“Live in each season as it passes; breathe the air, drink the drink, taste the fruit, and resign yourself to the influence of the earth.”

— Henry David Thoreau, Walden

I think we can agree that the standard answer to many questions these days regarding time and schedule will be, “I’m busy.” Dinner party next week? I’m busy. Eldest son (or daughter’s) graduation? I’m busy. Maybe you can make it, but you’d be deliberately elbowing out time out of your busy schedule to do so. There are consequences to productivity and work, and that isn’t worth risking. To be fair, work is important. We all need to put food on the table, pay the bills and serve our commitments. Beyond work, however, is a collective race in filling up our schedules.

Think of weekends where you’re encouraged to go out and do stuff. Get involved. Attend talks, social events and get into new hobbies. If we’re not productive, not doing something useful with our time – we’re wasting it. Invest your time, and it pays you back eventually. Leisure is earned and comes far and few between.

I’m not saying that being productive or using time wisely shouldn’t be encouraged. Anyone who knows me, knows well enough my wiry mind feeds for a great number of things to do, read and see. But I do wonder though, are we overvaluing productivity?

These days, there is no reason not to be engaged in work – even in the comfortable confines of your home. Instant notifications, Internet connectivity, and split-second communication have pressed the idea that what needs to be dealt with, can (and should) be dealt with now. The etiquette of responding work emails are prickly. It’s the weekend, can I respond to this on Monday morning? Regardless of how you choose to react, the more obvious answer is an example of how we’ve lost control over our time, and more importantly, how we choose to spend it.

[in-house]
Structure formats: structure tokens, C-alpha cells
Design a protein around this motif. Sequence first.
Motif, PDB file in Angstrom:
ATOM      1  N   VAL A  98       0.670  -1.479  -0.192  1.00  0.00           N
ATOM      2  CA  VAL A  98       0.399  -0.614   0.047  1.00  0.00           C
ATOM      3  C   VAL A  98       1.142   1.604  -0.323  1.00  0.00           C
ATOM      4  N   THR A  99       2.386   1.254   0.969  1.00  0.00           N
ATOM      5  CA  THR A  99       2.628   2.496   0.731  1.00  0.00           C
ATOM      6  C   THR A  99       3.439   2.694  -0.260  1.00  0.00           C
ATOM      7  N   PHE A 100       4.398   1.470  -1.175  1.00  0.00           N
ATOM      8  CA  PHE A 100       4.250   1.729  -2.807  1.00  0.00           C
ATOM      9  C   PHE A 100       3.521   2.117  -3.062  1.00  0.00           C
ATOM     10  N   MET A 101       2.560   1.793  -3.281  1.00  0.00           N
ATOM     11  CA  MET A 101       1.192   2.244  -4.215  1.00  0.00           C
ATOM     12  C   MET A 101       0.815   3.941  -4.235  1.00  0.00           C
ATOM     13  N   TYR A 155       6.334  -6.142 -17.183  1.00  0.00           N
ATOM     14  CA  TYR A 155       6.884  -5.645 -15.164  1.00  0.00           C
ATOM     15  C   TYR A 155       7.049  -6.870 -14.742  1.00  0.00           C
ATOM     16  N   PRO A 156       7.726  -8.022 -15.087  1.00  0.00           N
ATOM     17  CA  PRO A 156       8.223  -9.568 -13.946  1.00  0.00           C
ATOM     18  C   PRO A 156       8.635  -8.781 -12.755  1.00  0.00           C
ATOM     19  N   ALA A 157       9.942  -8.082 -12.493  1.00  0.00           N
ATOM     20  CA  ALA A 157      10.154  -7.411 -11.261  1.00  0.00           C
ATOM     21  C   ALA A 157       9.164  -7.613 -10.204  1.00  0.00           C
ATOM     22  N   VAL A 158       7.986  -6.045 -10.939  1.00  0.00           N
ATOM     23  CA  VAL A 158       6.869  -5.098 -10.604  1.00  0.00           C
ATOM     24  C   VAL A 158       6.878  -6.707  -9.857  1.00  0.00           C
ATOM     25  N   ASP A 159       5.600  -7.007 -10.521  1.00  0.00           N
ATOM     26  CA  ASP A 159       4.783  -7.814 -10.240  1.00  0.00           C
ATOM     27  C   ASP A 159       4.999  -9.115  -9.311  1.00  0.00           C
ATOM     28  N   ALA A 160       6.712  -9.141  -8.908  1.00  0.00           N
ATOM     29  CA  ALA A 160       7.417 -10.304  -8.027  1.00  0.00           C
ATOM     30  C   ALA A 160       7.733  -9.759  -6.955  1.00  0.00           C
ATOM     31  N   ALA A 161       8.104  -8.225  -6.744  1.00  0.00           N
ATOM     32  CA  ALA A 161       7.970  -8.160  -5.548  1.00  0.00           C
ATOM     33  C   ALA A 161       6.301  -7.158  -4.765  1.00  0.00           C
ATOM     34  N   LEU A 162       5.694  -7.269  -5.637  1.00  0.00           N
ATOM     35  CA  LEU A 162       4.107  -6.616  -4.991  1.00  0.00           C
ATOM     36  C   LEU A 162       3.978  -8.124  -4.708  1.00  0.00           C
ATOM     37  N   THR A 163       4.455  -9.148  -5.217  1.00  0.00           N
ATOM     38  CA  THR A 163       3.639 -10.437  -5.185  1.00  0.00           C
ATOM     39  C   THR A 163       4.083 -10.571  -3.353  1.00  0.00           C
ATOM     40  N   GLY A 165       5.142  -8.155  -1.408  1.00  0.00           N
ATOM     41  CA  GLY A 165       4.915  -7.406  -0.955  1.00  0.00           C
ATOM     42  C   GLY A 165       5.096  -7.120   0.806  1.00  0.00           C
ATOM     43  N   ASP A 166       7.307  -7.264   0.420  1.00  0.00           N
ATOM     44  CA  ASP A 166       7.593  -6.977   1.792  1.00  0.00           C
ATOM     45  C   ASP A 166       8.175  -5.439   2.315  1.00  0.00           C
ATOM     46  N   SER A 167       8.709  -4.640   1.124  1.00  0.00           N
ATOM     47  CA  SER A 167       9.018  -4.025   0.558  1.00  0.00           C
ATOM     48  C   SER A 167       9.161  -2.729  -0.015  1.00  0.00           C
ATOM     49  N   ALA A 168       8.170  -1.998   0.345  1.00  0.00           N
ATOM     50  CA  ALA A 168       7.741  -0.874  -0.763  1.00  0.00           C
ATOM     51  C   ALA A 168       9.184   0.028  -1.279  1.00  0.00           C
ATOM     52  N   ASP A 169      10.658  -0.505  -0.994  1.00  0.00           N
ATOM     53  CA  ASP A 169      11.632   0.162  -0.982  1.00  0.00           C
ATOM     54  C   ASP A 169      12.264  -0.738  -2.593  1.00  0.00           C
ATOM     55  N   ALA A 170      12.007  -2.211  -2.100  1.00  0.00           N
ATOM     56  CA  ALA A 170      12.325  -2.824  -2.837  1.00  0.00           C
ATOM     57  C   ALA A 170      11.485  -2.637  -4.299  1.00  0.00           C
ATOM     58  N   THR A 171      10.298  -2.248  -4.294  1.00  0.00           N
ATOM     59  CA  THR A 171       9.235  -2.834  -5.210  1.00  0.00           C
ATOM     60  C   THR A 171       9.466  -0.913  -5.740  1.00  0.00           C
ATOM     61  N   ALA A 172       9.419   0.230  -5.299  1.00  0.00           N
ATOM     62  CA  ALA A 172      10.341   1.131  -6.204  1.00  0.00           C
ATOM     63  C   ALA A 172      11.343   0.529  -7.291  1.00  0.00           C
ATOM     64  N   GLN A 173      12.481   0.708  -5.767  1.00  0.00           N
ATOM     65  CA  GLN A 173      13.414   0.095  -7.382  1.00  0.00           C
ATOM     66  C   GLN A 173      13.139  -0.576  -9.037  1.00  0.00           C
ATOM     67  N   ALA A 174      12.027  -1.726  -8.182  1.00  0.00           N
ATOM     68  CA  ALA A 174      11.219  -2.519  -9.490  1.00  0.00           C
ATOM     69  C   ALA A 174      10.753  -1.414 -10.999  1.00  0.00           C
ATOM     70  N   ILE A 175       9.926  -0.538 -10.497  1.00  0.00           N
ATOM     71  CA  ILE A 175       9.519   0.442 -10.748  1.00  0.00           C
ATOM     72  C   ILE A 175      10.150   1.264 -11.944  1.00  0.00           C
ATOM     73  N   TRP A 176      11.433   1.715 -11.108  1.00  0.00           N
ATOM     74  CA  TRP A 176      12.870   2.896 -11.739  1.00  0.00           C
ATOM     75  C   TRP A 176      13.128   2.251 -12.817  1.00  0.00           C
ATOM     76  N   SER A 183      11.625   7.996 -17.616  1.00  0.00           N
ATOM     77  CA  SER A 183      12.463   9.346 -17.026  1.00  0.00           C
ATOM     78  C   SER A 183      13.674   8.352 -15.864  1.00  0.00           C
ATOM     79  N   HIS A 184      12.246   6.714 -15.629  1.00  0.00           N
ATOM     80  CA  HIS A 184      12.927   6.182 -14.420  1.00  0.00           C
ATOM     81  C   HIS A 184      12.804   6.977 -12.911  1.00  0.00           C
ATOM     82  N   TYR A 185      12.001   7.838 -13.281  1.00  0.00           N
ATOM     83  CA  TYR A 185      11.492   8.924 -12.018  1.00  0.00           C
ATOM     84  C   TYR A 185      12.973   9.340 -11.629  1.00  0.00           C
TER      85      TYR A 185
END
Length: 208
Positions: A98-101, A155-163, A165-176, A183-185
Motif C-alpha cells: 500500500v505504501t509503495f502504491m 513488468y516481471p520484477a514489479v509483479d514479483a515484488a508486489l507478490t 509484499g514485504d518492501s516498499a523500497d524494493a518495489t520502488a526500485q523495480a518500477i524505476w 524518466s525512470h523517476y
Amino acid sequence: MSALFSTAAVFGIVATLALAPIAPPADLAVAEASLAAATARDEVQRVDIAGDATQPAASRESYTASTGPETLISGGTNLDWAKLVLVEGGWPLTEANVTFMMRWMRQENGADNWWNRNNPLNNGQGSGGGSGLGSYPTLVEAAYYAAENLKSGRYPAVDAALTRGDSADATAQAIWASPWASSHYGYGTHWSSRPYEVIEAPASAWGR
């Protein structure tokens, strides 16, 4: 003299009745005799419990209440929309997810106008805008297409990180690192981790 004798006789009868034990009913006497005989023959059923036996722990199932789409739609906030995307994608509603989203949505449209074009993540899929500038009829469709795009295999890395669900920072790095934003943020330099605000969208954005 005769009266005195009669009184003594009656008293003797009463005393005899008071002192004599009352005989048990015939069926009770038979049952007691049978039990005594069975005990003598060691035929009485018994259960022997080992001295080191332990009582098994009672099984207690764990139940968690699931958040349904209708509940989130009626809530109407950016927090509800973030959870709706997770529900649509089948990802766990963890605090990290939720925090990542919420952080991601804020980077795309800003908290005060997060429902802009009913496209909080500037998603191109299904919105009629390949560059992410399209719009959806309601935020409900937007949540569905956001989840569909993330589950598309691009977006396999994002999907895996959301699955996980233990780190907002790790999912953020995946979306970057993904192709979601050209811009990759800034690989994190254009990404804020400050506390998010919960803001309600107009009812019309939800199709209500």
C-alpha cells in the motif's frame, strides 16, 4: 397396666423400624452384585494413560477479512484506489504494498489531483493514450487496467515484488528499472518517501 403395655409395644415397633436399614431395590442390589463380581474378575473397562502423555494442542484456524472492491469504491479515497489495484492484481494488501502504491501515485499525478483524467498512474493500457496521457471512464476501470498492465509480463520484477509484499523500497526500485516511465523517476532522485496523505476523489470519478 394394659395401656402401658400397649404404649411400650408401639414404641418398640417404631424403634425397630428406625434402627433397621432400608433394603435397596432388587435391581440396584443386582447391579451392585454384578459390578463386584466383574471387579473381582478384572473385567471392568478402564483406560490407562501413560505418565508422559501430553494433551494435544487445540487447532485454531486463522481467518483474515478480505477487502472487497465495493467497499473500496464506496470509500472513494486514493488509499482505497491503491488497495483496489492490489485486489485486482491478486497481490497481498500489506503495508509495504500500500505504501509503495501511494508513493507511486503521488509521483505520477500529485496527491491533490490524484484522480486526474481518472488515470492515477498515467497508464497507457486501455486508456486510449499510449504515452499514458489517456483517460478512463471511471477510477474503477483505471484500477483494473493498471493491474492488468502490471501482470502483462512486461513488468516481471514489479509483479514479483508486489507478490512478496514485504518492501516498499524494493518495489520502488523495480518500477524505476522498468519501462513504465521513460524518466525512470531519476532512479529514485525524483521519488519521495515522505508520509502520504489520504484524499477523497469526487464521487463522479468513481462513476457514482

At times, there is guilt associated with not using your time “wisely.” I slept the weekend away; best rest I ever had. The response is either admiration for wrestling away two whole days for recuperation or perplexion at how one could waste away two solid days doing nothing. The former also inspires a sort of envy for those who’d love the same thing, but busy weekend schedules don’t allow for such pleasures.

Productivity culture has also been introduced to our children, with parents who insist on micromanaging their children’s schedule. Their free time after school, during holidays and the weekend are filled with activities. Piano lessons, camps, football, etc. With the redefining of education, employability, and success – children are being taught that to succeed: you need to build an arsenal of talents, at the expense of a childhood of exploration and self-discovery. That there is no such thing as idleness and empty schedules are opportunities lost.

This message is hammered in even stronger with the rise of Silicon Valley masters like Elon Musk, Jeff Bezos and your list of successful people who, even in their spare time, somehow use it with a degree of productivity.

True idleness, it seems, isn’t in anyone’s positive vocabulary, and is often associated with laziness. Both, though existing on a similar linguistic spectrum, subtly mean different things.

Idleness, recreation and the right to call time your own are only at the cusp of your retirement. When you spend the remainder of your years away; finally the master of your time – which frankly, doesn’t have much mileage left to it. It’s something you earn. And though technological advances and industrialization seek to make us more efficient and save us more time, the truth is far from it. Efficiency with time only begets us to be more productive, and fill it up with more things to do.

A Return to Walden

In 1854, Henry D. Thoreau, an American writer, and philosopher published Walden, a text of his reflections in life away from bustling civilization and the nation’s increasing embrace of industrialization. His two-year experiment took him to Walden Pond, where he lived in days of simplicity and solitude.

While Walden explores a lot of different things, I was drawn to the aspect of Thoreau’s exploration of a “deliberate life.” His choice to remove himself from the norms of society; the importance of productivity and industrialization. He never removed himself fully from society, visiting the nearby village occasionally, but he mainly kept to his own. Deep in his reflections, and occupied with seeing to smaller mundane details of life and living in solitude.

Thoreau’s philosophy and opinions on society may not hold up in its entirety, but there is a truth to be learned from his experiment, and one we’ve somehow lost: Time was his own.

I’ve discussed the merits of idleness on BFM 89.9’s Bila Larut Malam, that you can listen to here. The discussion is in Malay: